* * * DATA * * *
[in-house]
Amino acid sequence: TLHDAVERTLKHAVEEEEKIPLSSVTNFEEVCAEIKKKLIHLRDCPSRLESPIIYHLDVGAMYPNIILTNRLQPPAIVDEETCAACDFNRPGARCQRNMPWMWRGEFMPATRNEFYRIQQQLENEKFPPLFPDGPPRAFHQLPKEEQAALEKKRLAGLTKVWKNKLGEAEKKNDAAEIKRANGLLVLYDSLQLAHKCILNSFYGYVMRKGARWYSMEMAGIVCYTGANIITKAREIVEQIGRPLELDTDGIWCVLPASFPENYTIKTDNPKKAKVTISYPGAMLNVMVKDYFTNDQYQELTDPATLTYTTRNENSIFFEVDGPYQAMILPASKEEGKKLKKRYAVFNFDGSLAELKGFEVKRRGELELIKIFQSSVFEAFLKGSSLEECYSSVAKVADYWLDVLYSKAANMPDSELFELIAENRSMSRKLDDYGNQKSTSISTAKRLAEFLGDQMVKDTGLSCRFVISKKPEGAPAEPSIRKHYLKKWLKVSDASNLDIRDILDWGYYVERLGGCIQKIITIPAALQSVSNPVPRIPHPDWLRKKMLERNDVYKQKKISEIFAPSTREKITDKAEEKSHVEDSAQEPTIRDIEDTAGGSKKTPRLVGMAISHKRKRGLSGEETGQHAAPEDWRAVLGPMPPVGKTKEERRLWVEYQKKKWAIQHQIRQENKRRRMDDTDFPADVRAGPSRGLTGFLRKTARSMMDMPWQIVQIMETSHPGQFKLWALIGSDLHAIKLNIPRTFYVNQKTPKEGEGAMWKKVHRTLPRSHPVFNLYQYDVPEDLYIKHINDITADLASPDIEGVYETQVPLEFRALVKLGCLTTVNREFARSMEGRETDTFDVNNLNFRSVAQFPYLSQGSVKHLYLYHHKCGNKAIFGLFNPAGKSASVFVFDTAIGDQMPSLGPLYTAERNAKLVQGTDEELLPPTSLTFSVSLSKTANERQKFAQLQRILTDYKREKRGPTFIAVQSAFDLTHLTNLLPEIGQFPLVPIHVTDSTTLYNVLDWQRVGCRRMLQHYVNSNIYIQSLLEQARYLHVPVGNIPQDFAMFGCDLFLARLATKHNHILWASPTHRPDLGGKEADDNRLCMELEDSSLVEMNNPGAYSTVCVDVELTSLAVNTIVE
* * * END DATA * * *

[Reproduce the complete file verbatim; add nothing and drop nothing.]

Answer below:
[in-house]
Amino acid sequence: TLHDAVERTLKHAVEEEEKIPLSSVTNFEEVCAEIKKKLIHLRDCPSRLESPIIYHLDVGAMYPNIILTNRLQPPAIVDEETCAACDFNRPGARCQRNMPWMWRGEFMPATRNEFYRIQQQLENEKFPPLFPDGPPRAFHQLPKEEQAALEKKRLAGLTKVWKNKLGEAEKKNDAAEIKRANGLLVLYDSLQLAHKCILNSFYGYVMRKGARWYSMEMAGIVCYTGANIITKAREIVEQIGRPLELDTDGIWCVLPASFPENYTIKTDNPKKAKVTISYPGAMLNVMVKDYFTNDQYQELTDPATLTYTTRNENSIFFEVDGPYQAMILPASKEEGKKLKKRYAVFNFDGSLAELKGFEVKRRGELELIKIFQSSVFEAFLKGSSLEECYSSVAKVADYWLDVLYSKAANMPDSELFELIAENRSMSRKLDDYGNQKSTSISTAKRLAEFLGDQMVKDTGLSCRFVISKKPEGAPAEPSIRKHYLKKWLKVSDASNLDIRDILDWGYYVERLGGCIQKIITIPAALQSVSNPVPRIPHPDWLRKKMLERNDVYKQKKISEIFAPSTREKITDKAEEKSHVEDSAQEPTIRDIEDTAGGSKKTPRLVGMAISHKRKRGLSGEETGQHAAPEDWRAVLGPMPPVGKTKEERRLWVEYQKKKWAIQHQIRQENKRRRMDDTDFPADVRAGPSRGLTGFLRKTARSMMDMPWQIVQIMETSHPGQFKLWALIGSDLHAIKLNIPRTFYVNQKTPKEGEGAMWKKVHRTLPRSHPVFNLYQYDVPEDLYIKHINDITADLASPDIEGVYETQVPLEFRALVKLGCLTTVNREFARSMEGRETDTFDVNNLNFRSVAQFPYLSQGSVKHLYLYHHKCGNKAIFGLFNPAGKSASVFVFDTAIGDQMPSLGPLYTAERNAKLVQGTDEELLPPTSLTFSVSLSKTANERQKFAQLQRILTDYKREKRGPTFIAVQSAFDLTHLTNLLPEIGQFPLVPIHVTDSTTLYNVLDWQRVGCRRMLQHYVNSNIYIQSLLEQARYLHVPVGNIPQDFAMFGCDLFLARLATKHNHILWASPTHRPDLGGKEADDNRLCMELEDSSLVEMNNPGAYSTVCVDVELTSLAVNTIVE